Swift-XRT Follow-up of Gravitational-wave Triggers in the Second Advanced LIGO/Virgo Observing Run

N. J. Klingler*, J. A. Kennea, P. A. Evans, A. Tohuvavohu, S. B. Cenko, S. D. Barthelmy, A. P. Beardmore, E. Troja, P. J. Brown, D. N. Burrows, S. Campana, G. Cusumano, A. D'Ai, P. D'Avanzo, V D'Elia, M. de Pasquale, S. W. K. Emery, J. Garcia, P. Giommi, C. GronwallD. H. Hartmann, H. A. Krimm, N. P. M. Kuin, A. Lien, D. B. Malesani, F. E. Marshall, A. Melandri, J. A. Nousek, S. R. Oates, P. T. O'Brien, J. P. Osborne, K. L. Page, D. M. Palmer, M. Perri, J. L. Racusin, M. H. Siegel, T. Sakamoto, B. Sbarufatti, G. Tagliaferri, E. Troja

*Corresponding author for this work

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Abstract

The Neil Gehrels Swift Observatory carried out prompt searches for gravitational-wave (GW) events detected by the LIGO/Virgo Collaboration (LVC) during the second observing run ("O2"). Swift performed extensive tiling of eight LVC triggers, two of which had very low false-alarm rates (GW170814 and the epochal GW170817), indicating a high confidence of being astrophysical in origin; the latter was the first GW event to have an electromagnetic counterpart detected. In this paper we describe the follow-up performed during O2 and the results of our searches. No GW electromagnetic counterparts were detected; this result is expected, as GW170817 remained the only astrophysical event containing at least one neutron star after LVC's later retraction of some events. A number of X-ray sources were detected, with the majority of identified sources being active galactic nuclei. We discuss the detection rate of transient X-ray sources and their implications in the O2 tiling searches. Finally, we describe the lessons learned during O2 and how these are being used to improve the Swift follow-up of GW events. In particular, we simulate a population of gamma-ray burst afterglows to evaluate our source ranking system's ability to differentiate them from unrelated and uncataloged X-ray sources. We find that ≈60%–70% of afterglows whose jets are oriented toward Earth will be given high rank (i.e., "interesting" designation) by the completion of our second follow-up phase (assuming that their location in the sky was observed), but that this fraction can be increased to nearly 100% by performing a third follow-up observation of sources exhibiting fading behavior.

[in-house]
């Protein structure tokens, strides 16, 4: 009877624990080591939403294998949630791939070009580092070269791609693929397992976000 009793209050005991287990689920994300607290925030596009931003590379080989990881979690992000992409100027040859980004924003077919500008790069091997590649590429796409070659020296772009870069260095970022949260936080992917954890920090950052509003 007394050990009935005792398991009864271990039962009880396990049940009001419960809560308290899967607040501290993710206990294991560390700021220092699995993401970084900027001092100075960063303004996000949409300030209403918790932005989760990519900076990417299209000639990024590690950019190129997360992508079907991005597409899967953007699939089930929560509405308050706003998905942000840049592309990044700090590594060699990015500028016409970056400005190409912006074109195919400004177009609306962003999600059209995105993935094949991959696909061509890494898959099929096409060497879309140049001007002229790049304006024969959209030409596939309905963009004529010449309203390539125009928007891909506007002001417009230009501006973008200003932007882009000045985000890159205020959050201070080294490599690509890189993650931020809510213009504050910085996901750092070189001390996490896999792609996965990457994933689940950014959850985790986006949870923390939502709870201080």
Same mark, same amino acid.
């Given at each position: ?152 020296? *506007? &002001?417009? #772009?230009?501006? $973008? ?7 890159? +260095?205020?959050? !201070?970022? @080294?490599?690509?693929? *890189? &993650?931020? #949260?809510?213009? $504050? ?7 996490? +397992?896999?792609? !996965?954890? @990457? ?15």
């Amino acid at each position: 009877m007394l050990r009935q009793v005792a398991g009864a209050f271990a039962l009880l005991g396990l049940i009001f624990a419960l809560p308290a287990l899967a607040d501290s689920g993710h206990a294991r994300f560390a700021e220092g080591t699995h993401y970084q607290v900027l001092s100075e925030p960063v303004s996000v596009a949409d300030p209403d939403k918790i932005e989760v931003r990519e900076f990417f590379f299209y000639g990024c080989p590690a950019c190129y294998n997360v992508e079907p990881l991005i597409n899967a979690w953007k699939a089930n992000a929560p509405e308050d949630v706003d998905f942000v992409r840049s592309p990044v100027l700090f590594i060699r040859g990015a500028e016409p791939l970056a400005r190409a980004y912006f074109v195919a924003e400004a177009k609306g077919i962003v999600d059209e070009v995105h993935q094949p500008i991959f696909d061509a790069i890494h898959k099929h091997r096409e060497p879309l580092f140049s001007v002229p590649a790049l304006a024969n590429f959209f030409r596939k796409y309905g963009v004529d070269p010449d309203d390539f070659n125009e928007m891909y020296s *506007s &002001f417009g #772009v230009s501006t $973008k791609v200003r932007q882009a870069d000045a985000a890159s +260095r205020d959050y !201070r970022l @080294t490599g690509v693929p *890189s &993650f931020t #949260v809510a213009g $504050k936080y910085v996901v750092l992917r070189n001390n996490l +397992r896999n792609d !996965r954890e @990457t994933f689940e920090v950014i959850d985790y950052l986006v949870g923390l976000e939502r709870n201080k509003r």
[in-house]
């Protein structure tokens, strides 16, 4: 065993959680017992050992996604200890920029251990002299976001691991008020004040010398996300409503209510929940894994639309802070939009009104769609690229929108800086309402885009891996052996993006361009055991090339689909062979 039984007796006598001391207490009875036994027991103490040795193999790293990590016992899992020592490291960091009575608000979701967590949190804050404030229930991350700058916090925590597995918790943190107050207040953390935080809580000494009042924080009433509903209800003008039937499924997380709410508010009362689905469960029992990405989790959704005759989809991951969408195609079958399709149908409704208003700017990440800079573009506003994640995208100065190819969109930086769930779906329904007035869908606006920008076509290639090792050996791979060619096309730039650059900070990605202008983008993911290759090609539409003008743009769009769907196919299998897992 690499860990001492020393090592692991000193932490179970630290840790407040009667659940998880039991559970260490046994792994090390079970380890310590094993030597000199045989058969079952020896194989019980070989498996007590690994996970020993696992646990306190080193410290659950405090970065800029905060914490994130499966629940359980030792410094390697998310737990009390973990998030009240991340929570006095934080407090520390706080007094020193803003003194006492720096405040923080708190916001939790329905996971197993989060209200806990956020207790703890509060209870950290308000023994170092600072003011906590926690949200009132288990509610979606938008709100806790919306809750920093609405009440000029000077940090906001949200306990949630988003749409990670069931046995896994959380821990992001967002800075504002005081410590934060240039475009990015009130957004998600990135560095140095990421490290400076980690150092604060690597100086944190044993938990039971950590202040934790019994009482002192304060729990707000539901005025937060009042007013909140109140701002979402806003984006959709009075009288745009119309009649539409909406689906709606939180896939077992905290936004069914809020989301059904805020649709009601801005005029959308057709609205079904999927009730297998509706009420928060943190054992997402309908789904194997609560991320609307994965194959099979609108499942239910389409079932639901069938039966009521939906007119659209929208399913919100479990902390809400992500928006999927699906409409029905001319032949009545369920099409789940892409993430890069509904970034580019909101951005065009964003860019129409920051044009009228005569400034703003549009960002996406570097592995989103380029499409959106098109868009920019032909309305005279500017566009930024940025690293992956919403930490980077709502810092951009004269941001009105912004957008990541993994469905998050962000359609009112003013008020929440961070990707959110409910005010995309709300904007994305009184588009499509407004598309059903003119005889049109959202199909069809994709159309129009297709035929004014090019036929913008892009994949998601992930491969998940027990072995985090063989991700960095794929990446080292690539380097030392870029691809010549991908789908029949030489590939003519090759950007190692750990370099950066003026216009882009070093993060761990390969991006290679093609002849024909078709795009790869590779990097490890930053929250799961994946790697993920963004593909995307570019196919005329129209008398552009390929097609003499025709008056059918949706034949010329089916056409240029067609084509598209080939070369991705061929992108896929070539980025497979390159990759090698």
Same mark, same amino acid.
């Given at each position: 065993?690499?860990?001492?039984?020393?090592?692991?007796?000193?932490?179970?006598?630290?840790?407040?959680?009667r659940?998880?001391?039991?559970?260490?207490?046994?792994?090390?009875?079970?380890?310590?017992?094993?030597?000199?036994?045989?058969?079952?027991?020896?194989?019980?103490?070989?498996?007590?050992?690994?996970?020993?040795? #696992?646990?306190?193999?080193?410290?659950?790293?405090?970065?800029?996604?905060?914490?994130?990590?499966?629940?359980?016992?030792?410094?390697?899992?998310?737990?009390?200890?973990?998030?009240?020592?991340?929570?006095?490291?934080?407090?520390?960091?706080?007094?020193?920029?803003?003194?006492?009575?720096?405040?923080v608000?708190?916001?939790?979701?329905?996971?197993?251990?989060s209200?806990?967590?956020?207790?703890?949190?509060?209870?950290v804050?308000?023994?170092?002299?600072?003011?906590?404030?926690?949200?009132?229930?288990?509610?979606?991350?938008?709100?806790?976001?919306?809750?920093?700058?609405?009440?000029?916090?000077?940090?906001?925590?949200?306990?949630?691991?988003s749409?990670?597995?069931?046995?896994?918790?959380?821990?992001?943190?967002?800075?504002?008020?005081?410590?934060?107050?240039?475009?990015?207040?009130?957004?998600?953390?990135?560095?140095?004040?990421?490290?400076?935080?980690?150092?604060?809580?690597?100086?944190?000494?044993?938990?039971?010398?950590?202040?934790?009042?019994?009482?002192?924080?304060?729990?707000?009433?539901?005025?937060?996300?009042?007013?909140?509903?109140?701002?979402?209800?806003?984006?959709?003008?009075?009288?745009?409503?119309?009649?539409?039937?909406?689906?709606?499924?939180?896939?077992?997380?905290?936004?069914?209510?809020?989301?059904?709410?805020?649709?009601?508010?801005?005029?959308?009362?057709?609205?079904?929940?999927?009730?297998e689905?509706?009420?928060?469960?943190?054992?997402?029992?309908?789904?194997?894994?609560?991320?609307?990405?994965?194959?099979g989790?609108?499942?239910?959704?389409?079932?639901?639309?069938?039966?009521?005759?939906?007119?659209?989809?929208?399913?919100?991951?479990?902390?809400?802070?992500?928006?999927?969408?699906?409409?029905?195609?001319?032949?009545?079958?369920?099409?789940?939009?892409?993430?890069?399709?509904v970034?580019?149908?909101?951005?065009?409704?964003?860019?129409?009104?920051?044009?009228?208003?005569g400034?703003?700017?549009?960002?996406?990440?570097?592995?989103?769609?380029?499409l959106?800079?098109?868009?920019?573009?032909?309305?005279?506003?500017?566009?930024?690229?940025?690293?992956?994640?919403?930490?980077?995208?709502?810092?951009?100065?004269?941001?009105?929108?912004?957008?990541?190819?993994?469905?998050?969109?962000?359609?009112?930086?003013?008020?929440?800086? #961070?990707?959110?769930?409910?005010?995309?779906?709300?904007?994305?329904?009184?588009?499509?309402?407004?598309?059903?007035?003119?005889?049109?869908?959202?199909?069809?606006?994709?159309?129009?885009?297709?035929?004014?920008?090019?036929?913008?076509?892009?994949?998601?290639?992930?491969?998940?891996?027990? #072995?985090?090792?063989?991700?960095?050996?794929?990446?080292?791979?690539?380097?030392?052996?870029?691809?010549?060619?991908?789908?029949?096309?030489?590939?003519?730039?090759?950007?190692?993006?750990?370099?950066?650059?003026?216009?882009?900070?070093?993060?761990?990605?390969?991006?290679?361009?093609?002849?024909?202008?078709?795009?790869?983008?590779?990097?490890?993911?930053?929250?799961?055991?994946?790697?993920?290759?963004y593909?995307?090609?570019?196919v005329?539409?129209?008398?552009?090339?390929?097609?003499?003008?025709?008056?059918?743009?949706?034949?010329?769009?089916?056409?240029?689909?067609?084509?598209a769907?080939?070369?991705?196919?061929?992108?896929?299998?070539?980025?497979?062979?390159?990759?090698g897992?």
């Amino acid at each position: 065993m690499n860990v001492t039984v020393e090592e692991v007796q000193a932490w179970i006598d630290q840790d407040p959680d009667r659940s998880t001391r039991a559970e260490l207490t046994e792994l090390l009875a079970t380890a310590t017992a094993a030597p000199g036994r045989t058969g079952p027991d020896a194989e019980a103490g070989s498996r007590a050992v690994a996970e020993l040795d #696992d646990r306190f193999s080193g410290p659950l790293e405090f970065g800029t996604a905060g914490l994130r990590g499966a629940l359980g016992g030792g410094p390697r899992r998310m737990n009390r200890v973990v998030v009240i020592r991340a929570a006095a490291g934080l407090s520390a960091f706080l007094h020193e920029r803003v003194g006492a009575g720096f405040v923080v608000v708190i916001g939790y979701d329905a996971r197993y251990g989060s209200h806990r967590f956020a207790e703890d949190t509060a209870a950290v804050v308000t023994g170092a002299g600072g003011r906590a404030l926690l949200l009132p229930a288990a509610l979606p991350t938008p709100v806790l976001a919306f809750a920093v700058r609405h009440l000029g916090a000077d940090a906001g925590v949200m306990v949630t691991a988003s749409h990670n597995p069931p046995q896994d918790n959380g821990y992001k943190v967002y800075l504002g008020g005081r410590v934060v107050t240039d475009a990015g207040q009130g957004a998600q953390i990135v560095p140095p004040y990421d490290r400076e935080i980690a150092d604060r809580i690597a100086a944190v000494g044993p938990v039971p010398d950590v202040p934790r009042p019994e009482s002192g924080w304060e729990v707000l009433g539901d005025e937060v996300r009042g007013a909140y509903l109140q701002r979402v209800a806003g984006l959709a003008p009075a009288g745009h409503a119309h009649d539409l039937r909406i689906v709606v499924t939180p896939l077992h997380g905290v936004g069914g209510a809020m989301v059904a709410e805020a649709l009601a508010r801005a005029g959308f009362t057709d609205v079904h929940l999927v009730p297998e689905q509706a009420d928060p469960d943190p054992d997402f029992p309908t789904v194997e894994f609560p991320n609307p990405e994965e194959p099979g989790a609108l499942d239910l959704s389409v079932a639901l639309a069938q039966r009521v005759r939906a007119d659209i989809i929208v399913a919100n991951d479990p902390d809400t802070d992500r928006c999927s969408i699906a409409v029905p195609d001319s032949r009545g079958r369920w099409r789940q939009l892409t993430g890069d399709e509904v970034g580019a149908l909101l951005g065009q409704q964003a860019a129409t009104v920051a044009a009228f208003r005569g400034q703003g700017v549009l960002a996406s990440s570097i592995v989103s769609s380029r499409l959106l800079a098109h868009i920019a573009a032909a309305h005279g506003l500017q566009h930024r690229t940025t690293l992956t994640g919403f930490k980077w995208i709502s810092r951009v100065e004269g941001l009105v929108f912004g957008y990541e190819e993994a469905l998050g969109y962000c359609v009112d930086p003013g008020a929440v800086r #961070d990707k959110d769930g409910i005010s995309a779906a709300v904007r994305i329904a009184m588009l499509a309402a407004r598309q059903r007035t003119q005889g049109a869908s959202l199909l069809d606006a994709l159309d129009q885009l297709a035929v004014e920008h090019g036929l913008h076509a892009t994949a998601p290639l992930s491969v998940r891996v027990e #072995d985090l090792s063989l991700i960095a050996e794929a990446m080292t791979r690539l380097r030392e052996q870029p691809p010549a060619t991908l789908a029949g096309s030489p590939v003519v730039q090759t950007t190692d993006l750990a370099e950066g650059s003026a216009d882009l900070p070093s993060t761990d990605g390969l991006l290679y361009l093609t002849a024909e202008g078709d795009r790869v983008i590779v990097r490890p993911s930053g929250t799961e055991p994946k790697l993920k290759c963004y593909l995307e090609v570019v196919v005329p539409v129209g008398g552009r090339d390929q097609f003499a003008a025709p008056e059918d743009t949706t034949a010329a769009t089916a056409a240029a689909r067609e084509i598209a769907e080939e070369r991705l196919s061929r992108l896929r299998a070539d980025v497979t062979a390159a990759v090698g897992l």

Original languageEnglish
Article number15
JournalAstrophysical Journal Supplement Series
Volume245
Issue number1
Number of pages14
ISSN0067-0049
DOIs
Publication statusPublished - 2019

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